Five Ways to Protect Yourself From a Poor Luxury Experience
Gone are the days when even the risk of a customer complaint struck horror in the eyes of a hospitality manager. Close to a decade ago, I emailed a gripe to Kelly's Roast Beef in Massachusetts. Within 24 hours, I had a call from the manager who as horrified, embarrassed and eager to make things right. I didn't care about the free meal offer – in fact, I turned it down twice before giving in – it was the attitude that made the difference. He was genuinely upset that he was losing a single customer, and the prospect of that didn't sit well with him. Now, so many years later, this remains my go-to story about customer service perfection.
Today, that seems to be gone – or at least scarcer. For some restaurants and other hospitality companies, even in the luxury space, it's the belief that a certain amount customer churn is to be expected. Or that brand is irrelevant. Or that intermediaries (such as online booking sites) have made price the motivator, obviating the need for a commitment to customer service excellence. In a recent case for me, at The Mercer Kitchen, in the Mercer Hotel, it was clear that brand was the problem – namely that a cool, upscale spot didn't need to worry about customer satisfaction.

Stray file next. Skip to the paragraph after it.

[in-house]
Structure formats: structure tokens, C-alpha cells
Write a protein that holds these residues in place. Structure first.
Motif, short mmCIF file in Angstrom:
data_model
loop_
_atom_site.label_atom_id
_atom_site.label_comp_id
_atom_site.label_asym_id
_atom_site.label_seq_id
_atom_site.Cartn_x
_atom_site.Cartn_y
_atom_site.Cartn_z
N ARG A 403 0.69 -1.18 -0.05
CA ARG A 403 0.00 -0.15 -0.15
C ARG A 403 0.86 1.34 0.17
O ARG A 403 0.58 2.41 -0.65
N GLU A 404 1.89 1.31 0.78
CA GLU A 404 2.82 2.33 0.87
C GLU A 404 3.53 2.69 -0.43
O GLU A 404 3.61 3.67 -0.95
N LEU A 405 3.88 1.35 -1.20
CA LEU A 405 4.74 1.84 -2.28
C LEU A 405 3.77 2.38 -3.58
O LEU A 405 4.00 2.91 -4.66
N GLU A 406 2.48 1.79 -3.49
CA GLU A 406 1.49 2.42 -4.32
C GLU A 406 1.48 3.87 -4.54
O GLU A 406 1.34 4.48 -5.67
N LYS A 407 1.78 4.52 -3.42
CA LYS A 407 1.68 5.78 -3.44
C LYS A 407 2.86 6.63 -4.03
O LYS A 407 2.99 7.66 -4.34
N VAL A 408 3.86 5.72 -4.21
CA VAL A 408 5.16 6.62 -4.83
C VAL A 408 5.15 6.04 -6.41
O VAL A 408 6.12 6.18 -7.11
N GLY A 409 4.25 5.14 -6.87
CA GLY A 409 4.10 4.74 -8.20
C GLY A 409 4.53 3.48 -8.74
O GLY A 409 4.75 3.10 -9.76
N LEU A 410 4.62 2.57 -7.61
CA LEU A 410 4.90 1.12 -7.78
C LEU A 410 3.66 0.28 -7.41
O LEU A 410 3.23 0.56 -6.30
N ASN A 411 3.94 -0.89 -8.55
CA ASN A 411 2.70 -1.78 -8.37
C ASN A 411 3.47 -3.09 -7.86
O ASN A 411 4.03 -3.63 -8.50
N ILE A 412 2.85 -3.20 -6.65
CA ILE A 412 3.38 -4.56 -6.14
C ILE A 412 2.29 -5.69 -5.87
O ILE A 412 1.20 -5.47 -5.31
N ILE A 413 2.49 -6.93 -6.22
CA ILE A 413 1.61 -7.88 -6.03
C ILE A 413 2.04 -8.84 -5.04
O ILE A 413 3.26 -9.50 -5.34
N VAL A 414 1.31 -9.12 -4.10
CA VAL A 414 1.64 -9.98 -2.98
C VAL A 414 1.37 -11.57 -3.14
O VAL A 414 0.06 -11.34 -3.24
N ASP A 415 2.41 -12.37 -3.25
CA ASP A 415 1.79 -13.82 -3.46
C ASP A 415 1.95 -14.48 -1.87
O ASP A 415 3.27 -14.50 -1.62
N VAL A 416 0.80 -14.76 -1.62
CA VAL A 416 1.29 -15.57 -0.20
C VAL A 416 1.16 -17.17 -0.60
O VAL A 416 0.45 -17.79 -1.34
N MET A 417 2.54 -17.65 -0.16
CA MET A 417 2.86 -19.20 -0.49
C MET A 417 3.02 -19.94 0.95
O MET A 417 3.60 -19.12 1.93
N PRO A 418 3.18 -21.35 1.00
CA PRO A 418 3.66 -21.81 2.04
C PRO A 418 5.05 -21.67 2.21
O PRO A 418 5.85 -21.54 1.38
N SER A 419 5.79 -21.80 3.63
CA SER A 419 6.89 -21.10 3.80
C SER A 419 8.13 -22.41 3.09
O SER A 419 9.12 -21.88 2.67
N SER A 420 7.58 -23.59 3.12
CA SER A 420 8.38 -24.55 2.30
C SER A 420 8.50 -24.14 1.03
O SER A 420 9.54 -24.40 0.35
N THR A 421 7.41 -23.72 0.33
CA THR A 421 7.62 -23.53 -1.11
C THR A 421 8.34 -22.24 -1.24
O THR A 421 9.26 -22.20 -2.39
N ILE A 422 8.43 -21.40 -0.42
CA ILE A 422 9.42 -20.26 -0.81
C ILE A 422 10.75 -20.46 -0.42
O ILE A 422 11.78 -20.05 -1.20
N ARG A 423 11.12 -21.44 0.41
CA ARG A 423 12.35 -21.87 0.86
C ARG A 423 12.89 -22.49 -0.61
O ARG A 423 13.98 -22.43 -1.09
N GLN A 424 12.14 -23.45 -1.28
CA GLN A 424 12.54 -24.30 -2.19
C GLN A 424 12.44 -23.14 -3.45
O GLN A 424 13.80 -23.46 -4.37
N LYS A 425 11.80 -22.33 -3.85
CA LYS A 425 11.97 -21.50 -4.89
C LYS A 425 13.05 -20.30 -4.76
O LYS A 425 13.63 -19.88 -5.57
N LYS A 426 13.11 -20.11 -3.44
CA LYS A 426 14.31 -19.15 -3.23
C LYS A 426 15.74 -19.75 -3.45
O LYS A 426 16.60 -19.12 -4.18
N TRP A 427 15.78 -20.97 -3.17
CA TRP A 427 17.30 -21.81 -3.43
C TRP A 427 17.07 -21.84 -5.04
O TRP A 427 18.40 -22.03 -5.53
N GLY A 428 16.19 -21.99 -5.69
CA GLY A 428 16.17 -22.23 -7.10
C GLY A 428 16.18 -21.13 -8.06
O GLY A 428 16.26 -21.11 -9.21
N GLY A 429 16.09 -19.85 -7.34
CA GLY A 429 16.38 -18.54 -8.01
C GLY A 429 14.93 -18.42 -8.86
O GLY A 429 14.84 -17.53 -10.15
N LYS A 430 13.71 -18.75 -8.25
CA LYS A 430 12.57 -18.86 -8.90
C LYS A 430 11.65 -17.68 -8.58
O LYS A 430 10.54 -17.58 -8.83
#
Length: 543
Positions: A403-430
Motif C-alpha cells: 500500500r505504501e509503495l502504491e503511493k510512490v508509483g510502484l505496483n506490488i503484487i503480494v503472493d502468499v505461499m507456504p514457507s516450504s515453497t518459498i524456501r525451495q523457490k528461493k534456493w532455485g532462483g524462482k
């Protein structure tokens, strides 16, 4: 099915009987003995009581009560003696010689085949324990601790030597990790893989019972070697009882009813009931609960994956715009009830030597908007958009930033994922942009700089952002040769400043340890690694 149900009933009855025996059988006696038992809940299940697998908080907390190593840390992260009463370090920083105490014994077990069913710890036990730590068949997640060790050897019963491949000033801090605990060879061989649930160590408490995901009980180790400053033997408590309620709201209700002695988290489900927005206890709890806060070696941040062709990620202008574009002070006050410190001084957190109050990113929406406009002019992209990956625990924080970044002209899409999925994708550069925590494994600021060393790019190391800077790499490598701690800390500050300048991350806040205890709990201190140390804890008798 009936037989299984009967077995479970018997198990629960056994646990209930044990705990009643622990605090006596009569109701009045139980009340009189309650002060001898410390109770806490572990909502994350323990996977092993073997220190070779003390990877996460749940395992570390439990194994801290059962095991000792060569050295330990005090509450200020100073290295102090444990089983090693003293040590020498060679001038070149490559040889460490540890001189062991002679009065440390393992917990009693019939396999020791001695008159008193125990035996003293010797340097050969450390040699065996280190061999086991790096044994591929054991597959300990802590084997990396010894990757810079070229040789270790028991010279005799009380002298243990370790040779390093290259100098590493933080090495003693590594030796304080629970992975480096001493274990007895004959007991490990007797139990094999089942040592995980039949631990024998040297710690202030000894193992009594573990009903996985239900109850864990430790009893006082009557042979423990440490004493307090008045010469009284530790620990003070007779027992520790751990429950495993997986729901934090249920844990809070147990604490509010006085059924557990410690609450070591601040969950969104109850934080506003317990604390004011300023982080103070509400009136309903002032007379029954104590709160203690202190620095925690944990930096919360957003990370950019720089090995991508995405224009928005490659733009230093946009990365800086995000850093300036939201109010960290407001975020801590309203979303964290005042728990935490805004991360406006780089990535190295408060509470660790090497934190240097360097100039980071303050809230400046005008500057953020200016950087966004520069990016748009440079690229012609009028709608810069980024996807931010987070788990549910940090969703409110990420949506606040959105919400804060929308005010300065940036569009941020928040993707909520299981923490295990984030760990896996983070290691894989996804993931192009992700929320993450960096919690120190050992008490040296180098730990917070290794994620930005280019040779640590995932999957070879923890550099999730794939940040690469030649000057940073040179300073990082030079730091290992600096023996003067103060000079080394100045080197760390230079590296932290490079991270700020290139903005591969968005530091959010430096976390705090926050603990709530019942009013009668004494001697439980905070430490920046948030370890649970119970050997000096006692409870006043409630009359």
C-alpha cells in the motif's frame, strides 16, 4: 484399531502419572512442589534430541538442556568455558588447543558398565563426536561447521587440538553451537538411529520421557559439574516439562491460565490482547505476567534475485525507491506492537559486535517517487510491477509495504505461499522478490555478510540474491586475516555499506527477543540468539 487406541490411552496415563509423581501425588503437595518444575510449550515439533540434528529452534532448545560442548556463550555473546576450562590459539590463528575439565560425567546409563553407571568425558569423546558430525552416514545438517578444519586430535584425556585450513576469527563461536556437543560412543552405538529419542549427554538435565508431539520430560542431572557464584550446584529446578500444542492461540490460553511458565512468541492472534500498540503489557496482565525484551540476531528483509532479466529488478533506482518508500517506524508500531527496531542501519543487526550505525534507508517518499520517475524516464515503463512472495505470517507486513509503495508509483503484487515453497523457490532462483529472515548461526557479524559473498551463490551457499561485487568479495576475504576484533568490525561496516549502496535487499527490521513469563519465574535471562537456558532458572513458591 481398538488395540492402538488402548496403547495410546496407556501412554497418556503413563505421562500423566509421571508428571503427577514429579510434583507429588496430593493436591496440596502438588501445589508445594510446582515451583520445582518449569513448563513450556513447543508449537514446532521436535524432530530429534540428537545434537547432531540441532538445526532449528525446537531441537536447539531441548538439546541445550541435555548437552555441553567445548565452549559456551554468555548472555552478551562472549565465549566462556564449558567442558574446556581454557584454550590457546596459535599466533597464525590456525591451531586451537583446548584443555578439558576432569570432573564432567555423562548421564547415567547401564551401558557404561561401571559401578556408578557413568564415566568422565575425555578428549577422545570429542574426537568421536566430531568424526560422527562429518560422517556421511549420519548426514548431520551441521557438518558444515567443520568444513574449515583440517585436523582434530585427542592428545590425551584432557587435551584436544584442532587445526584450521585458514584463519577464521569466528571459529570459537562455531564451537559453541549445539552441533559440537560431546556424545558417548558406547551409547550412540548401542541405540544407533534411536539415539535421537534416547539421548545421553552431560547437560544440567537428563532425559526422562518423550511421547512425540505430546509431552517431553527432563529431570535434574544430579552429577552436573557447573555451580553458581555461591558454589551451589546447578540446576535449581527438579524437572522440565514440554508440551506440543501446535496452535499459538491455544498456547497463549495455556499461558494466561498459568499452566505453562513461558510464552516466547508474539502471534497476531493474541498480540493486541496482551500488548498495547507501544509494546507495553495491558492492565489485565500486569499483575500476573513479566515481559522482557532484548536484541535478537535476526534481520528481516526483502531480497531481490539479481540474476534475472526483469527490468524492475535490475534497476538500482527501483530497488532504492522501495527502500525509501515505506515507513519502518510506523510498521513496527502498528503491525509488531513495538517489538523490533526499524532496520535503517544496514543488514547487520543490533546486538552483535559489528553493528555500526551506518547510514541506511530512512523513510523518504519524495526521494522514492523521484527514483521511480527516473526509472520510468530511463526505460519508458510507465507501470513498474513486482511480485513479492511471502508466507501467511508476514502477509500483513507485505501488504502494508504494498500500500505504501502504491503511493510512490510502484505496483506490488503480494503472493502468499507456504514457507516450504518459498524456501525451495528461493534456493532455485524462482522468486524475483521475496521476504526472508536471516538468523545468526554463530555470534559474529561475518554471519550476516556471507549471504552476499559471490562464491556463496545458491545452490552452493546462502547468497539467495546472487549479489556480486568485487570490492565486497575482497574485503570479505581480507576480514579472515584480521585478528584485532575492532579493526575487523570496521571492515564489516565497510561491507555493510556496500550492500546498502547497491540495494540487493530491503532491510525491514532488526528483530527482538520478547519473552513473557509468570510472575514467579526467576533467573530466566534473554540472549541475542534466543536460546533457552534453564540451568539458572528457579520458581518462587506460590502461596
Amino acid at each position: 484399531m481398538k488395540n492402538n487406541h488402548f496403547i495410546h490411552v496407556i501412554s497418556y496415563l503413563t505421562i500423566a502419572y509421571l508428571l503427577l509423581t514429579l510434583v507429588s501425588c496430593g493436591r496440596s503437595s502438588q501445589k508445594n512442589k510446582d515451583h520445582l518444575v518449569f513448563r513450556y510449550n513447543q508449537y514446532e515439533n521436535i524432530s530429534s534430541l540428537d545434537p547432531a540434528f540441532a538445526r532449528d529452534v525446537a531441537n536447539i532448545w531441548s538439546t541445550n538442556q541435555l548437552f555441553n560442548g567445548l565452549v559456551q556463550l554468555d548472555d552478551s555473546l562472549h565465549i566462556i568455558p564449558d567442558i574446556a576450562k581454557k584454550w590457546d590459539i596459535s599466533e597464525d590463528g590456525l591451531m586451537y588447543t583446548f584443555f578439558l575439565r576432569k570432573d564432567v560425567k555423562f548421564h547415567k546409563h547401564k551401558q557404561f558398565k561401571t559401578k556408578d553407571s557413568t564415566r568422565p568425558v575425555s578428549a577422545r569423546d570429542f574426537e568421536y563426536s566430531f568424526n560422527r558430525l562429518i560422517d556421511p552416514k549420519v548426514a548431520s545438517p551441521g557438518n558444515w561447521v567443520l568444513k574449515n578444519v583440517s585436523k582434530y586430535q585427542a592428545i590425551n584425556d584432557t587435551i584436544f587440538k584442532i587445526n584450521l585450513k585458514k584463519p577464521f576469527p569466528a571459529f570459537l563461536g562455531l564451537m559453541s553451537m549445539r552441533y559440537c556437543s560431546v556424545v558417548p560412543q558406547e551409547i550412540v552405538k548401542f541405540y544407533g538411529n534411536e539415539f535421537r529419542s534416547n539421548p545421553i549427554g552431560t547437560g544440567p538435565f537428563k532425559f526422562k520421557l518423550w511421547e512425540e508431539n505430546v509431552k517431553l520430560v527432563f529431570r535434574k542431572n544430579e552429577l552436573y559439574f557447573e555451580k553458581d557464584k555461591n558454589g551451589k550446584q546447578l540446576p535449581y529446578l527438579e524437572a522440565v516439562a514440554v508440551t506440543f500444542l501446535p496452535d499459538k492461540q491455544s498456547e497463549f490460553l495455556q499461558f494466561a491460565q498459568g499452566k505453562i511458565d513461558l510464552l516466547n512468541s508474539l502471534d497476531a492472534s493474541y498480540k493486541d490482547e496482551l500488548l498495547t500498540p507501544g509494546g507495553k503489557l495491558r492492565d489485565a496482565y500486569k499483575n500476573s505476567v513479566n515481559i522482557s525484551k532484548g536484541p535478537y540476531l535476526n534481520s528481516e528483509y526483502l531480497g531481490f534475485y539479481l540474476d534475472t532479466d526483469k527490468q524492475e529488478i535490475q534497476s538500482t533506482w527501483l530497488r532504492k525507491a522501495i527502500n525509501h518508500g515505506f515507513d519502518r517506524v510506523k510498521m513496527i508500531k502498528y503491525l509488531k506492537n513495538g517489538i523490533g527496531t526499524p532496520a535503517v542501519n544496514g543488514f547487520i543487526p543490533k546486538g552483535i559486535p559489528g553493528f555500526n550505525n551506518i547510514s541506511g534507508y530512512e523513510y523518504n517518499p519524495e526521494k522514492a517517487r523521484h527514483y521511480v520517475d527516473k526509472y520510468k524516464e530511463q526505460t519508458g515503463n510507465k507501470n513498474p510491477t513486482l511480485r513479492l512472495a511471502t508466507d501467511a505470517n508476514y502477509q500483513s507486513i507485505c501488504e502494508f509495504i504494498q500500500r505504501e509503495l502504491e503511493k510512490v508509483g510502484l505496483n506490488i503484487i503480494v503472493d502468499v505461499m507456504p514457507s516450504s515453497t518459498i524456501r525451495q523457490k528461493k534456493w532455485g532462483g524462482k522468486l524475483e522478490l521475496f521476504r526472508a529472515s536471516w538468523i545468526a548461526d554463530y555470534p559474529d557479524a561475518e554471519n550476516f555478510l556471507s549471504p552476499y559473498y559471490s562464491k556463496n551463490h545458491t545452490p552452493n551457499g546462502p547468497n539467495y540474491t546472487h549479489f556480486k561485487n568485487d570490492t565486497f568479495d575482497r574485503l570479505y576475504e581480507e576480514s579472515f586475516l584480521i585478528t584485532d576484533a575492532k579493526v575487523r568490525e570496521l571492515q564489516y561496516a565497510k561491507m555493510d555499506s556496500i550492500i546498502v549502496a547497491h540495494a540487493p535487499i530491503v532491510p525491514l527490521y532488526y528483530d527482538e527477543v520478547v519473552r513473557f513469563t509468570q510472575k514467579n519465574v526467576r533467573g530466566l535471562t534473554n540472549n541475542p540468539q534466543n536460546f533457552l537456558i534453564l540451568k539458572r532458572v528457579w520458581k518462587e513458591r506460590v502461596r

Using this experience, let's take a look at five things you should be wary of when expressing your concerns to a hospitality manager; they indicate that your complaint isn't being handled properly: